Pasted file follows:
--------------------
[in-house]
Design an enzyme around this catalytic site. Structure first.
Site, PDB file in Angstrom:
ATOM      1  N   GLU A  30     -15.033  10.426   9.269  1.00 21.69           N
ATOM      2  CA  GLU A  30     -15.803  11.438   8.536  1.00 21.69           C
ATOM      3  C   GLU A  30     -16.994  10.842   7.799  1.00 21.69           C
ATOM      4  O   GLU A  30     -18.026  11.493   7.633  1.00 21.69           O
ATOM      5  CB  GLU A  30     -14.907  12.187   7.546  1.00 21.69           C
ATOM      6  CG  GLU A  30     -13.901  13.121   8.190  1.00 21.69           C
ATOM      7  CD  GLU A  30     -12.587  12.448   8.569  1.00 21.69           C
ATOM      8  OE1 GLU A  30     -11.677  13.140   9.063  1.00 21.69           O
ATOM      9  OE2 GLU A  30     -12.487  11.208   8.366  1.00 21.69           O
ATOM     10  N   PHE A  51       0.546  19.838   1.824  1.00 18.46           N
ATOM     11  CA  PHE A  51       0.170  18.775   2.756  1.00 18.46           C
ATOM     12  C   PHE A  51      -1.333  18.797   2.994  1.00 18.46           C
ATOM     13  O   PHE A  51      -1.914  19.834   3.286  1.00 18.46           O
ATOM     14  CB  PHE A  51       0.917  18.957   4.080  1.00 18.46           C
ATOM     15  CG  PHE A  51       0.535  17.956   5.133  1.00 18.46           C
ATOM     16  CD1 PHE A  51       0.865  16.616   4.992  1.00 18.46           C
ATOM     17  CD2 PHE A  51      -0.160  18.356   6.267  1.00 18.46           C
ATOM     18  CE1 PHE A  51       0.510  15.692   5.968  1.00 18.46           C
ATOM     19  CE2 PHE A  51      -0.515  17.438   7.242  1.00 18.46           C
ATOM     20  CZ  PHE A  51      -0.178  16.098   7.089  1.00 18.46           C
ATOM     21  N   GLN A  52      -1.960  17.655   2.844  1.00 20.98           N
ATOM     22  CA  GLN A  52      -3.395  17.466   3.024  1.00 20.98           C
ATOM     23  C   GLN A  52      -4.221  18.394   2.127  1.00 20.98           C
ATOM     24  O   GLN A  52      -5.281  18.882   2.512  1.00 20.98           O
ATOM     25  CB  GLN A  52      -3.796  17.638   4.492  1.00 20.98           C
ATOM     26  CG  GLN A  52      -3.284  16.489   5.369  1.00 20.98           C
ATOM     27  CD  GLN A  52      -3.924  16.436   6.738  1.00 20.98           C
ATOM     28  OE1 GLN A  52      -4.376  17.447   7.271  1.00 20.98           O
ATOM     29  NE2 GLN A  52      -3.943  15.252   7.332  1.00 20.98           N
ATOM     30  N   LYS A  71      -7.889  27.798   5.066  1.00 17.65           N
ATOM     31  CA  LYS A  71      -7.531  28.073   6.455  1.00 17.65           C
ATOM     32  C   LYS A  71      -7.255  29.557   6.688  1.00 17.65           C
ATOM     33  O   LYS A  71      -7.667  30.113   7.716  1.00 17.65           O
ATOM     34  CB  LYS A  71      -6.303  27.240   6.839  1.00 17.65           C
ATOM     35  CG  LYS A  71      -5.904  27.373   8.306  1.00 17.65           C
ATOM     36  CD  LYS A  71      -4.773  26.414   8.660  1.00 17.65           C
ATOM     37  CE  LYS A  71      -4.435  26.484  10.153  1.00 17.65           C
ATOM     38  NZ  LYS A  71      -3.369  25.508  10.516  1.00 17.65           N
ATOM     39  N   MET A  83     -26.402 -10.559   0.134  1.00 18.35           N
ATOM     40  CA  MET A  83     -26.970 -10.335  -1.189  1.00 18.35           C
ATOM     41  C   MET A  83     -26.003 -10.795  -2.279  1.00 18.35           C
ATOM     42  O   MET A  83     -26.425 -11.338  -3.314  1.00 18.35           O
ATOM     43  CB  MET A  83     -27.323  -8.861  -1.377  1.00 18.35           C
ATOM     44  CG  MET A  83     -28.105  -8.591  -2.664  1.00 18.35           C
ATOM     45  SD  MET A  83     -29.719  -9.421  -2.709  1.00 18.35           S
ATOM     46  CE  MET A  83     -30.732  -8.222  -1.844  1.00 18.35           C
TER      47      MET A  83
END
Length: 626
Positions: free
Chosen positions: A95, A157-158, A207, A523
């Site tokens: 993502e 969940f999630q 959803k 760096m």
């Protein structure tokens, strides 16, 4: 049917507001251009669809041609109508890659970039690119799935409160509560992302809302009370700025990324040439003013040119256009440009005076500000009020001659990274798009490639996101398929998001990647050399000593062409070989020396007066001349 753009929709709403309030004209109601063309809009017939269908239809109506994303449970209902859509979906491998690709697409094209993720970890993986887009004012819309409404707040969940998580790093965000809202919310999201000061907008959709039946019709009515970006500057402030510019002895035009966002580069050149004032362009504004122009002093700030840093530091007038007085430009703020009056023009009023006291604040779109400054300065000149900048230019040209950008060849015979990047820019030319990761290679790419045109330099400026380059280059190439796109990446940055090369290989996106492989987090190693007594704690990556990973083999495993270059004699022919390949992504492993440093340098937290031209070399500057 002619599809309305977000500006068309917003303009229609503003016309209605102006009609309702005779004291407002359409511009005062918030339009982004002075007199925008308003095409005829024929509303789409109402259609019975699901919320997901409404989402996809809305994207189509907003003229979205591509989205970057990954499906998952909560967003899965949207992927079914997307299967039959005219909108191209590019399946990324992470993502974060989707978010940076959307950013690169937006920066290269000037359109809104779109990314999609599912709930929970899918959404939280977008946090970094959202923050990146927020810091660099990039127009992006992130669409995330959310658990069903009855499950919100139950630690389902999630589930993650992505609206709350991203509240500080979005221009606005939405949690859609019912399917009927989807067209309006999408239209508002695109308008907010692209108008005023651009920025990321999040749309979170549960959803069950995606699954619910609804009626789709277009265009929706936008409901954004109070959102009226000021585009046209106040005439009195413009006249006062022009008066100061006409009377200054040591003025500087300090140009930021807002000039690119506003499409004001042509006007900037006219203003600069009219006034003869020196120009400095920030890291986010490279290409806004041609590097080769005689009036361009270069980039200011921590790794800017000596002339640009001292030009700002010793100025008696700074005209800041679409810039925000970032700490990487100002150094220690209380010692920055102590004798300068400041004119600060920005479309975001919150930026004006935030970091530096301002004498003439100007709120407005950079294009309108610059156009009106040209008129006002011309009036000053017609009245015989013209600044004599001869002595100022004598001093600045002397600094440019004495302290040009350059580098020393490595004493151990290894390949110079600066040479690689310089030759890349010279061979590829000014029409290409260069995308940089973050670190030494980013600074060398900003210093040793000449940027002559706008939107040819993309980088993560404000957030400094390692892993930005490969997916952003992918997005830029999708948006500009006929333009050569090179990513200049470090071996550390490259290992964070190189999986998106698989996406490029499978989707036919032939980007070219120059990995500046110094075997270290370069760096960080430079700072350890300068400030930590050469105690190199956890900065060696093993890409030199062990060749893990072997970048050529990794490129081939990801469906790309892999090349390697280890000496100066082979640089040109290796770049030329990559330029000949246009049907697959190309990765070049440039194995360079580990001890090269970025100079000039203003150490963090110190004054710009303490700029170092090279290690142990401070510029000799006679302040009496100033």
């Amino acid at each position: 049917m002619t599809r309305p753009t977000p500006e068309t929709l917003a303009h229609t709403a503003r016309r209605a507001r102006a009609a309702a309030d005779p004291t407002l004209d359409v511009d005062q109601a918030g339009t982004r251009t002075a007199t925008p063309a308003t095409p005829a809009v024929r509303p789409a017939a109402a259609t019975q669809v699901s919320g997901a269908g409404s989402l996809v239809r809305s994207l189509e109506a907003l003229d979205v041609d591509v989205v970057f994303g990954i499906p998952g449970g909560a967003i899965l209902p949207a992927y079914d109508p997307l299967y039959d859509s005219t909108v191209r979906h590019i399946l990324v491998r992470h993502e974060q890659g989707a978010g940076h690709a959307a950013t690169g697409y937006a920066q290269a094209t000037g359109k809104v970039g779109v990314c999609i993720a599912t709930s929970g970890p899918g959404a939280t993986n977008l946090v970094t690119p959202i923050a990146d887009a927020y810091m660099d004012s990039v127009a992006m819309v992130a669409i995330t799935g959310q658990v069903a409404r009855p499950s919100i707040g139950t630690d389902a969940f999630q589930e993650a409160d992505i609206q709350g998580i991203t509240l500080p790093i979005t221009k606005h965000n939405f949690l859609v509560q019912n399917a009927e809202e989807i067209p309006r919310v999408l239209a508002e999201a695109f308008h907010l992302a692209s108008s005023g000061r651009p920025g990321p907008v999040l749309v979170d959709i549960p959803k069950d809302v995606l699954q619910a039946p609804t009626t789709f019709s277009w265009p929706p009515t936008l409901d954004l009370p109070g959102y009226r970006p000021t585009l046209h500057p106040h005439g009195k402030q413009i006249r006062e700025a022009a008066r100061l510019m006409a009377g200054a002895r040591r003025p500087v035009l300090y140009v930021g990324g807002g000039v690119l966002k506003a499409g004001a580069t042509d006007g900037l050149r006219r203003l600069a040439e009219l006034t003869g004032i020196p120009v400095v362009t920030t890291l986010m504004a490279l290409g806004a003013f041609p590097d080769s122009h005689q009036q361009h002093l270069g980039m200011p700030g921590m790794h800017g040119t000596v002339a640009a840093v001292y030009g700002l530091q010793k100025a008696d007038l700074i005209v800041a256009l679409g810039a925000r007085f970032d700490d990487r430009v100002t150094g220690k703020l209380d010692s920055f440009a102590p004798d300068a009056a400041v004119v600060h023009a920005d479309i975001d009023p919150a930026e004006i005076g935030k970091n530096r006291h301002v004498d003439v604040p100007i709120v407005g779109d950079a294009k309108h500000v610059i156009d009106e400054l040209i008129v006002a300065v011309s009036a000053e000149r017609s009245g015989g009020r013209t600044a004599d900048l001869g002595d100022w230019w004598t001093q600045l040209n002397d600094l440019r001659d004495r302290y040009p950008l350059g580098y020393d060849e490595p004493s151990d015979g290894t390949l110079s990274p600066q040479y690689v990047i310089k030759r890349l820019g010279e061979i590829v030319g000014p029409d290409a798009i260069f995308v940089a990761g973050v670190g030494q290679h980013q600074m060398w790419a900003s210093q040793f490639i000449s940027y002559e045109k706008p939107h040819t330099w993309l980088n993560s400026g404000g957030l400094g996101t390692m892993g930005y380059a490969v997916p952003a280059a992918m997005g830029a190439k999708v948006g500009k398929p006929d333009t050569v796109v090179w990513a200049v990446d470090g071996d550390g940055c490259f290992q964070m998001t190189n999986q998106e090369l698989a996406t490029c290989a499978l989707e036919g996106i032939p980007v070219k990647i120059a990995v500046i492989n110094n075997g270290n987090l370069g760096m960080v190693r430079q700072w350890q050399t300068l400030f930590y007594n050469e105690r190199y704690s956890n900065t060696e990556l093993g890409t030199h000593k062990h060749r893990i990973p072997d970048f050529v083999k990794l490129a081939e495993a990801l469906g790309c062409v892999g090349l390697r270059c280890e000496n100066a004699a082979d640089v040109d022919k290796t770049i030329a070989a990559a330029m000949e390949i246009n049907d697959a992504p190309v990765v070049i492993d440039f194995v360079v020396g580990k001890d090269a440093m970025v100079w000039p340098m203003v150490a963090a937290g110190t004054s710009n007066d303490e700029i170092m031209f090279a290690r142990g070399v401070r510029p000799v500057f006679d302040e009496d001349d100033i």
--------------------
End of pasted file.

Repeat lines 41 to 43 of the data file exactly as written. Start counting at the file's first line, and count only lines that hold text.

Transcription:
ATOM     38  NZ  LYS A  71      -3.369  25.508  10.516  1.00 17.65           N
ATOM     39  N   MET A  83     -26.402 -10.559   0.134  1.00 18.35           N
ATOM     40  CA  MET A  83     -26.970 -10.335  -1.189  1.00 18.35           C